Which I suppose is all the more reason for you to go yourself! The wombat is easily spotted on any given night; she is out munching grass and her burrow is right near some of the sites. The roos also have a habit of hanging out on the plains near the car-park so it can be pretty easy to find them too if you’re quiet enough and keep any eye out.
The little river track offers a great deal of interesting fauna spotting opportunities, with many of the aforementioned creatures live around the walk. My favourite encounter was with a cast of peregrine falcons, they flew in the tall trees above us as we walked along.
These pine plantations tower above you creating an imposing but very beautiful juxtapose to the other side of the track which has gums and native Australian trees. It is very strange to see; a clear divide between two different types of tree but it also illustrates just how different our Australian bush is. The little river walk is a very lesiurely hike, with very little gradient. It is an exceptionally good walk for the hotter days that you might end up at Cathedral ranges as a vast majority of it is in the shade.
Continuing further along the track, nearly to Cook’s Mill; there is some interesting features. Roughly 150m or so from Cook’s Mill’s last campsite, there are a set of pools and rock formations made just for the summer months. What I can only describe as rock pools.
In all, Ned’s Gully is one of my favourite campsites for a Friday night Get-away. The park is conducive to relaxing whether you’re a walker or a base camper and there is plenty of opportunities to see some great wildlife and plenty of flora that can only be found in the park (I am not really in to flowers, dont ask me what!)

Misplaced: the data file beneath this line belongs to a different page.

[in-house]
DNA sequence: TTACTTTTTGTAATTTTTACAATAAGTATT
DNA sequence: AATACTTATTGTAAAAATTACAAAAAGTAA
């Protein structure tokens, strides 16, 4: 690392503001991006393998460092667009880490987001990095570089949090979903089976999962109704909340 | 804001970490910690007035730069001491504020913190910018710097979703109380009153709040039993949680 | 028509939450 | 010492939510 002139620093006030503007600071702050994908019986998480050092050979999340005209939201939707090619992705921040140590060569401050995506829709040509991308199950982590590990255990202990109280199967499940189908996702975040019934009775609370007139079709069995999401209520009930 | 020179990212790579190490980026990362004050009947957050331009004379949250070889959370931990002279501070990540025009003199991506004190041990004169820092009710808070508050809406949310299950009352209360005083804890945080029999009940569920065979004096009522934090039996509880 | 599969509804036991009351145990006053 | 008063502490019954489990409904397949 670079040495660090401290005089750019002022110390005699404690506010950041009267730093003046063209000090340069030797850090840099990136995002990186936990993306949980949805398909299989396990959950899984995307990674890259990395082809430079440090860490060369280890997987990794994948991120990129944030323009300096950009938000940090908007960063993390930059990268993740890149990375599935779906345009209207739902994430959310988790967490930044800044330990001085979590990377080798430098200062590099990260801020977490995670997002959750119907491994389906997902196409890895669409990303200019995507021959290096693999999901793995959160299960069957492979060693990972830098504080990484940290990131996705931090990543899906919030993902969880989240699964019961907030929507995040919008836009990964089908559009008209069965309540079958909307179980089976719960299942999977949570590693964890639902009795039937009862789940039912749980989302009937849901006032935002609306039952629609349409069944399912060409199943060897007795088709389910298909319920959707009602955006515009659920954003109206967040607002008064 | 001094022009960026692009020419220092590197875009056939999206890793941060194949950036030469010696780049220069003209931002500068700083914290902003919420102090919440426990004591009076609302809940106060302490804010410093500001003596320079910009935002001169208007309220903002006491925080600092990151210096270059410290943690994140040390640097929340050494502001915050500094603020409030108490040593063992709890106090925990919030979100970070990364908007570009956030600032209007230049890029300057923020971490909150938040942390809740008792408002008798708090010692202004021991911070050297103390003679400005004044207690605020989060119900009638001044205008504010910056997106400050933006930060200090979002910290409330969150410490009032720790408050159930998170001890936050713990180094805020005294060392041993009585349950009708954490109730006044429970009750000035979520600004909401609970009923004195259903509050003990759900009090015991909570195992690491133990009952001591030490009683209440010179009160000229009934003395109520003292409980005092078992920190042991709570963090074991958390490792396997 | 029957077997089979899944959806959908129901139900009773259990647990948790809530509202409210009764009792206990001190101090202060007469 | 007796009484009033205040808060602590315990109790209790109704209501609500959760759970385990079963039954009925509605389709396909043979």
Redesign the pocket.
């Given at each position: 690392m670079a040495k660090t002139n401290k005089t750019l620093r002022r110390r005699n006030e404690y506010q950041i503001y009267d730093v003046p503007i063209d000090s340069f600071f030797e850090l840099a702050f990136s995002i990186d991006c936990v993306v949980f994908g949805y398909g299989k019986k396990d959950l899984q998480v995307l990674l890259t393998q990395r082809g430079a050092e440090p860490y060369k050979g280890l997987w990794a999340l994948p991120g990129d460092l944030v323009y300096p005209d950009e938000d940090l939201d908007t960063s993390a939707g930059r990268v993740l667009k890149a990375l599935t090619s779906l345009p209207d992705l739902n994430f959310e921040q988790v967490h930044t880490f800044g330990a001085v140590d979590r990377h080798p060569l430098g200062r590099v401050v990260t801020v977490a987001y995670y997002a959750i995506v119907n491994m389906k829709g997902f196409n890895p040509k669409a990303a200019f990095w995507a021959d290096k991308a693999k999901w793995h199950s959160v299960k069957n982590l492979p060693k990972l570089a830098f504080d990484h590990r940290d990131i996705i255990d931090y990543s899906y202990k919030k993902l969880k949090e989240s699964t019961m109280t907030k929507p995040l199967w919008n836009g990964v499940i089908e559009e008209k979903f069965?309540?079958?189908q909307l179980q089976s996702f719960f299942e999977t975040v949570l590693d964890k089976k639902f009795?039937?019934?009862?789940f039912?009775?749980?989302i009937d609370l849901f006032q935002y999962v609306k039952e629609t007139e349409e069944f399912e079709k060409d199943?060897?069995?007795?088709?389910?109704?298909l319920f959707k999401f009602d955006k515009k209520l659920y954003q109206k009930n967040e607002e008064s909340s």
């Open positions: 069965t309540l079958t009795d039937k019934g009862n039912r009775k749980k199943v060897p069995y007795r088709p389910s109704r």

Update: 14th April 2011:
Looking for somewhere to go over Easter? Neds Gully is going to be quite full and as Mark one of our readers has mentioned he is taking 7 kids between 2 and 9 years of age! Cook’s Mill is most likely going to be very similar as will most parks throughout Victoria; after all you’re not the only one who thought of going away.If you’re still interested in camping somewhere over the break, there are other places available too; Lerderderg is an option, Blanket bay will most likely be full, but there are other areas in the Otway national park that are less likely to be full. For the more adventurous types you could still consider the Alpine national park, or somewhere near-by like Bright or Mansfield.
If the Alpine region doesn’t attract you; don’t forget that you could head north-west toward Murray Sunset national park and check out the pink lakes or directly north and enjoy a camp along the Murray River; there is no reason to discount the opportunity to head somewhere like Bunyip state forest either. If you’re thinking about going to the Grampians; be aware, its probably the most popular park in Victoria, and right now there are incredibly limited spots to camp since the floods.